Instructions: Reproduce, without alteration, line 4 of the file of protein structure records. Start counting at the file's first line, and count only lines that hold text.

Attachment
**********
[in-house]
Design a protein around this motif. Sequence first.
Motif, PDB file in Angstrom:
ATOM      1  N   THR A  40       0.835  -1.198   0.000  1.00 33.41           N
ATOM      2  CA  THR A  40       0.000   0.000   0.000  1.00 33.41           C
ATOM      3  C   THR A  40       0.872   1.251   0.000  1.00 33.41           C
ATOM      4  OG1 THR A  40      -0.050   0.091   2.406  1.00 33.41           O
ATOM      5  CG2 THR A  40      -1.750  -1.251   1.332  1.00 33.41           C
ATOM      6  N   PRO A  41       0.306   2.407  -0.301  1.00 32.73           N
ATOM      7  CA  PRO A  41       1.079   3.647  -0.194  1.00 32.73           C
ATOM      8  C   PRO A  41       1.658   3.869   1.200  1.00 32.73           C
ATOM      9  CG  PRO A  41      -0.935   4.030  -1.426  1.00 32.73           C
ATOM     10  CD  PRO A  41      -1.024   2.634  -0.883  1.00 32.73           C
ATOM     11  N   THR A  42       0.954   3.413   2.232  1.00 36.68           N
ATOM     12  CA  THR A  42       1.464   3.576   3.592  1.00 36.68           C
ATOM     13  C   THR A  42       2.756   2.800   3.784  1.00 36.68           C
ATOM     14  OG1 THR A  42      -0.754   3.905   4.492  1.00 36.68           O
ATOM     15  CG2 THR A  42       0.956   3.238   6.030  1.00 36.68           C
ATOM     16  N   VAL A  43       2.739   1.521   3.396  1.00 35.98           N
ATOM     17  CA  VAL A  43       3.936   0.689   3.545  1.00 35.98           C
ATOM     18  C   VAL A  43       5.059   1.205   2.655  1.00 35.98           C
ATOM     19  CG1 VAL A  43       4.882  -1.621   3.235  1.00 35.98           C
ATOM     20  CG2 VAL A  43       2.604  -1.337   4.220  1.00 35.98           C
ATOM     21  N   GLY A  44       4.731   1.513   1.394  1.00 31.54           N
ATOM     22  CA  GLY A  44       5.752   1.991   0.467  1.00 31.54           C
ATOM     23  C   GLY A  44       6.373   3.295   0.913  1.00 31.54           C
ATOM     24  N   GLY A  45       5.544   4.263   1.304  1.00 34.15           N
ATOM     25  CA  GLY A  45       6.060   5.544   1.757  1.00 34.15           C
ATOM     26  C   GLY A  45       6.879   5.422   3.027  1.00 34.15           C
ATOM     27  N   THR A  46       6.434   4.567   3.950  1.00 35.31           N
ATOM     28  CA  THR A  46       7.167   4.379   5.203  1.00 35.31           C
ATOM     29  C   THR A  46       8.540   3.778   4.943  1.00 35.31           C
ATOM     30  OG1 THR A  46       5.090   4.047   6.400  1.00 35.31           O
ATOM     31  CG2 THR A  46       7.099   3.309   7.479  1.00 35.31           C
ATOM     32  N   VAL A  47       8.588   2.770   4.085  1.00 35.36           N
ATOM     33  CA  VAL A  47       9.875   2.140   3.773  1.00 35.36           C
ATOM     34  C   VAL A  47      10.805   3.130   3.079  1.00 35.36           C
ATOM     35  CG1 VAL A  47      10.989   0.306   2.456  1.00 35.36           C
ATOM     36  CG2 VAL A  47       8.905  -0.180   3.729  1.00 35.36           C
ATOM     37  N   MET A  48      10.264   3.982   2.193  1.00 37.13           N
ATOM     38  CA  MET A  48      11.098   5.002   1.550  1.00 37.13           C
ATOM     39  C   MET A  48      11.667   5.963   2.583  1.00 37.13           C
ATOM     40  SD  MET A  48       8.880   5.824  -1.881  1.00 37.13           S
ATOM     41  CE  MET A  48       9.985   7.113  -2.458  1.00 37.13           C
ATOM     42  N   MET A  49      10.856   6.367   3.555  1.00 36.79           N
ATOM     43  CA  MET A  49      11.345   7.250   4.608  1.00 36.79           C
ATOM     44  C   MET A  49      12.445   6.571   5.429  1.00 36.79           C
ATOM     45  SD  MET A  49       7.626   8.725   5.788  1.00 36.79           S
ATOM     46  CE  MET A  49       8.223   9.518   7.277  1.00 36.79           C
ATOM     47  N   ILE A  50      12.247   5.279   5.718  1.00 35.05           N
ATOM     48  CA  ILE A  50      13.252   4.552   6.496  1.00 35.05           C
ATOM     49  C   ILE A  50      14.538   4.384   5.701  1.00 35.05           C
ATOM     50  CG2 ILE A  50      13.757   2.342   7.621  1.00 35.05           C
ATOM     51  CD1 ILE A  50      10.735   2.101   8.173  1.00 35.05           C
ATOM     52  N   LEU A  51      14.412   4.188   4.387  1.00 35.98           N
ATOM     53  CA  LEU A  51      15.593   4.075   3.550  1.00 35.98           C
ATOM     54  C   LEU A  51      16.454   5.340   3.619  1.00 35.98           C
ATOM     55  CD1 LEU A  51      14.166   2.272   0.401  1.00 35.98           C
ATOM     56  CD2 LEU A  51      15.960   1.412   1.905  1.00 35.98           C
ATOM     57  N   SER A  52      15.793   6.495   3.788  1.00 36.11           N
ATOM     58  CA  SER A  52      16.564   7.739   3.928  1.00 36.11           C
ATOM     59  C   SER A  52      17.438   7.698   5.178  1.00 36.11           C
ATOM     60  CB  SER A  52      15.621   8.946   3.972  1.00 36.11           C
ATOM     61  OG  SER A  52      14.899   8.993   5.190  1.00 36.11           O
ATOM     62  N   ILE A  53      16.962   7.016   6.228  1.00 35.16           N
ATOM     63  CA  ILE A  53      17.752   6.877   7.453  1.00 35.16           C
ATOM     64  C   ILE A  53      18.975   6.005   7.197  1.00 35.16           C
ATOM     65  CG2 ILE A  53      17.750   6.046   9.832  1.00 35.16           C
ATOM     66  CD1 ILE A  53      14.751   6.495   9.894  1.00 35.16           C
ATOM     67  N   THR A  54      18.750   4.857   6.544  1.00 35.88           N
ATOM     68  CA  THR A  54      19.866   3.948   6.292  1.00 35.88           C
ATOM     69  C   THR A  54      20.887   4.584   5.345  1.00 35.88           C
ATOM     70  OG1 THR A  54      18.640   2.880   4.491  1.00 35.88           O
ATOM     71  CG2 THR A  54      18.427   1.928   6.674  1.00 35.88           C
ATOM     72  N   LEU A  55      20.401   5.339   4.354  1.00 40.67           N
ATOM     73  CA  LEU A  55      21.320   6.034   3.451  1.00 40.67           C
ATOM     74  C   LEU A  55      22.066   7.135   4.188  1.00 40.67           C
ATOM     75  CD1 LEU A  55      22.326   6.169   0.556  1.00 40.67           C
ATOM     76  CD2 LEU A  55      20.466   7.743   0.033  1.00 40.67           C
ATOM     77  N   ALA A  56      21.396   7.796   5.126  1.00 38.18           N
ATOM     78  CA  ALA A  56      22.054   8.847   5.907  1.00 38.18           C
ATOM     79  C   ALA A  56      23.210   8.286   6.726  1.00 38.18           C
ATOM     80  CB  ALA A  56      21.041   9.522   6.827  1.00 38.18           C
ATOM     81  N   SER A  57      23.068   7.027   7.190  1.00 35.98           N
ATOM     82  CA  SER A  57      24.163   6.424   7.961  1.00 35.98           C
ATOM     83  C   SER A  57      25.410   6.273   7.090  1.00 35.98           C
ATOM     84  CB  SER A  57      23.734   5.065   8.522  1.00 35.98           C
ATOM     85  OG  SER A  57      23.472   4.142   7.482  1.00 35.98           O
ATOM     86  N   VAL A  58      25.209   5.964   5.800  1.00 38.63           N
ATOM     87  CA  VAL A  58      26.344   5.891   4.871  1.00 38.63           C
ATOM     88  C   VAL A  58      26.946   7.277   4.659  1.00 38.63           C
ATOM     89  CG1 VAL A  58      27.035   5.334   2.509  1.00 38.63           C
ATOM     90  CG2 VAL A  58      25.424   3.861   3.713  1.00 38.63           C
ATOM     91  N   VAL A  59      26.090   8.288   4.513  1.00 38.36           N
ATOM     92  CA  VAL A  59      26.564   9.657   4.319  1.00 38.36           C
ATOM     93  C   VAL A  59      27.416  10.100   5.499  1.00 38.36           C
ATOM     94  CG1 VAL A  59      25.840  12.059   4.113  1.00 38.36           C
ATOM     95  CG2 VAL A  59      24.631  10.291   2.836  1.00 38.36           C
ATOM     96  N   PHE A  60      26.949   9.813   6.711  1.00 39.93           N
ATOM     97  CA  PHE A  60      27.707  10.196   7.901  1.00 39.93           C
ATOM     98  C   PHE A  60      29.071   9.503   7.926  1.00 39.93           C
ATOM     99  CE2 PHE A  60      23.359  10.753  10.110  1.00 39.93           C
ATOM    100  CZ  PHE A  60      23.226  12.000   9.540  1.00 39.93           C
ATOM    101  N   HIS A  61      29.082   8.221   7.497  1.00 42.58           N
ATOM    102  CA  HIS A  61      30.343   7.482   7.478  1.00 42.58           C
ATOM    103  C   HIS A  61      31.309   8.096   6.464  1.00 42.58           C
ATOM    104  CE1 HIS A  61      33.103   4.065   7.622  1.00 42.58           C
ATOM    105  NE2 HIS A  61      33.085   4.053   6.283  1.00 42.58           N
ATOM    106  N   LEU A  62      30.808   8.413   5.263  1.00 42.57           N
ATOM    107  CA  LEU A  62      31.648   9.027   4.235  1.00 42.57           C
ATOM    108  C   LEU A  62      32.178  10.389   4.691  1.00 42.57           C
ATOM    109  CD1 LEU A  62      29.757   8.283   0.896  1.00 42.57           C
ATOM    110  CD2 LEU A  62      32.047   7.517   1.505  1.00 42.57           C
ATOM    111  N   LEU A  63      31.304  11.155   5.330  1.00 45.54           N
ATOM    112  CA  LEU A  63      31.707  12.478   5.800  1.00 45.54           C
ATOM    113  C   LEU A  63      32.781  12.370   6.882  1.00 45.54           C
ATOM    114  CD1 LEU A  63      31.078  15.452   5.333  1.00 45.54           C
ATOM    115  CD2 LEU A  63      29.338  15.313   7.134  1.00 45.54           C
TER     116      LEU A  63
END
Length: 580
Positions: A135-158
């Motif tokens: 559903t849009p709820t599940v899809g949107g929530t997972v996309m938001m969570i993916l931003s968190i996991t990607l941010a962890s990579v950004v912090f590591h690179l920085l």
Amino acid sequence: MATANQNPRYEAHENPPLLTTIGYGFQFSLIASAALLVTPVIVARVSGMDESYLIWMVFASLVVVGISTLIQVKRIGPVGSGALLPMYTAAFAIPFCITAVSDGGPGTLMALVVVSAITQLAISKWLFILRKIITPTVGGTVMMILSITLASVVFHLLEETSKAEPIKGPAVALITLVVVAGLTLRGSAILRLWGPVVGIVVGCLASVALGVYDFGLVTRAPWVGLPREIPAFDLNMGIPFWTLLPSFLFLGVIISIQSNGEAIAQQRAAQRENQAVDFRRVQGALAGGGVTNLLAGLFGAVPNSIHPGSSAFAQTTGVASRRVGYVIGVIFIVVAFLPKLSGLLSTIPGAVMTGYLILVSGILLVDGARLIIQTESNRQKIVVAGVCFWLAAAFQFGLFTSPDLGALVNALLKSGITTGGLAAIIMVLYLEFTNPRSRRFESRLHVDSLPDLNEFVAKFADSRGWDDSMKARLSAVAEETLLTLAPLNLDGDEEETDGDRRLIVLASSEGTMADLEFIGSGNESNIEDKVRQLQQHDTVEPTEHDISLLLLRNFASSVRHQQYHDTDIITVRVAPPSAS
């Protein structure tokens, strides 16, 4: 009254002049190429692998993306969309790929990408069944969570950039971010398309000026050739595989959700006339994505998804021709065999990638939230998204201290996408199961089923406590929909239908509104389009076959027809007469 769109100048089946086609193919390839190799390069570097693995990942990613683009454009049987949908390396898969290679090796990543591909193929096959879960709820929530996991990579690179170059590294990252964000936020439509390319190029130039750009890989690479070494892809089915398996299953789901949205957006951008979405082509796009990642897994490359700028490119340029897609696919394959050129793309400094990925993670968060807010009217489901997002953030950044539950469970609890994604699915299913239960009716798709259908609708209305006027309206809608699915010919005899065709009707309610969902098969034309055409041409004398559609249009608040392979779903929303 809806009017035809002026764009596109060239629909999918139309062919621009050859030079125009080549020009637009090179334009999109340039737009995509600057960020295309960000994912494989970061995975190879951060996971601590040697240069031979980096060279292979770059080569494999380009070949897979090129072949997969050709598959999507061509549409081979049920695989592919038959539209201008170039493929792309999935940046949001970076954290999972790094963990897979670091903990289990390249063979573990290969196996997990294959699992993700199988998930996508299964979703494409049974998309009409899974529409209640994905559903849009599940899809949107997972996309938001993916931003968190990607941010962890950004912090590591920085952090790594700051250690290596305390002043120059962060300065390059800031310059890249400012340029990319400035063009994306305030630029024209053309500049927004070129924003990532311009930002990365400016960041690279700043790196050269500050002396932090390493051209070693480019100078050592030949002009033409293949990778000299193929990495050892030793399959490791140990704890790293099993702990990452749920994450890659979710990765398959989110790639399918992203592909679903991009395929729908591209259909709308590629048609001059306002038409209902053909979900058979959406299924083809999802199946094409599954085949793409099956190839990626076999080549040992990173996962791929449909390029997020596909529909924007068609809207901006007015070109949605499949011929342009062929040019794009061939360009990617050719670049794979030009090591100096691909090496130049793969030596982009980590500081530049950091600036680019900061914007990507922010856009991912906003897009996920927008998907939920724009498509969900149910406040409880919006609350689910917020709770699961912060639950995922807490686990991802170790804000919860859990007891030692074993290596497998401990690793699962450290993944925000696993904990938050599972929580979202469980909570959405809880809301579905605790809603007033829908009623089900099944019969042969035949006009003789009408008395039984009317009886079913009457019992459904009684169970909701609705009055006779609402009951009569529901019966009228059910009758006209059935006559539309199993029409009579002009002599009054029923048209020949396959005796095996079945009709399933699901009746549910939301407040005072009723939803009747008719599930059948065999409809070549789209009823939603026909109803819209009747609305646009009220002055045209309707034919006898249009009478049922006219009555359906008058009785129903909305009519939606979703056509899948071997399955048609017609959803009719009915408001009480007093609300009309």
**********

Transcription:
ATOM      1  N   THR A  40       0.835  -1.198   0.000  1.00 33.41           N